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A scent that makes dust mites panic

The chemical that makes house dust mites gather together in defense has been identified as neryl formate, a common scent used in foods and perfumes.
Two common indoor dust mites found throughout the developed world are Dermatophagoides pteronyssinus and Dermatophagoides farinae. They are known as major pests that can cause atopic diseases such as asthma, rhinitis and dermatitis. Although blind these mites have an exquisite sense of smell, which they use for finding food and a mate. For years scientists have studied the animals and their responses to their environment both favorable and hostile. During these studies the doctors found that the mites give off a stress or alarm warning pheromone that causes the colony to aggregate or mass together in a tight ball for safety. The warning may be given when disturbed or if humidity or temperature levels change and the colony is threatened with extinction. The colony will remain in this state until more favorable signals are received, and life returns to normal.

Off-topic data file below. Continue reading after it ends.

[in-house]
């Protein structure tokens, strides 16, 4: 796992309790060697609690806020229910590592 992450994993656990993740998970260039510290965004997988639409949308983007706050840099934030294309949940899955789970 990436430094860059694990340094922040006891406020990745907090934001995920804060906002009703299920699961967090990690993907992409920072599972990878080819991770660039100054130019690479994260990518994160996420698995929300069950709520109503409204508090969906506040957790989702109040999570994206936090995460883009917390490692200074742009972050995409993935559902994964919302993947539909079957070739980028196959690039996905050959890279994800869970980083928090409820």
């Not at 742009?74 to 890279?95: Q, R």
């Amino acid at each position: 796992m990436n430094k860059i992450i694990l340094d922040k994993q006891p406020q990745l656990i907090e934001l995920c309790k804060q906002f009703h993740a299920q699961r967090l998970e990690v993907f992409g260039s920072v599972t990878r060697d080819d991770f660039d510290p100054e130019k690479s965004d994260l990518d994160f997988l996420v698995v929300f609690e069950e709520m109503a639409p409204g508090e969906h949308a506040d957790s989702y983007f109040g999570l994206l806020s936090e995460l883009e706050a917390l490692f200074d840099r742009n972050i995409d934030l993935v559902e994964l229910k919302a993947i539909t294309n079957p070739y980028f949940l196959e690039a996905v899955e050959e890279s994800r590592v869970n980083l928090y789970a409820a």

Scientists, based in London, have recently found that the alarm pheromone is an easily accessible chemical product known as neryl formate. Furthermore, they consider that the application of neryl formate has the potential as a novel lure-and-kill technique in house dust mite control.


'Identification of neryl formate as the airborne aggregation pheromone for the American house dust mite and the European house dust mite; (Acar:Epidermoptidae)', Skelton AC, Cameron MM, Pickett JA, Birkett MA,'J. Med. Entomol'. 2010;Vol 47(5), p798-804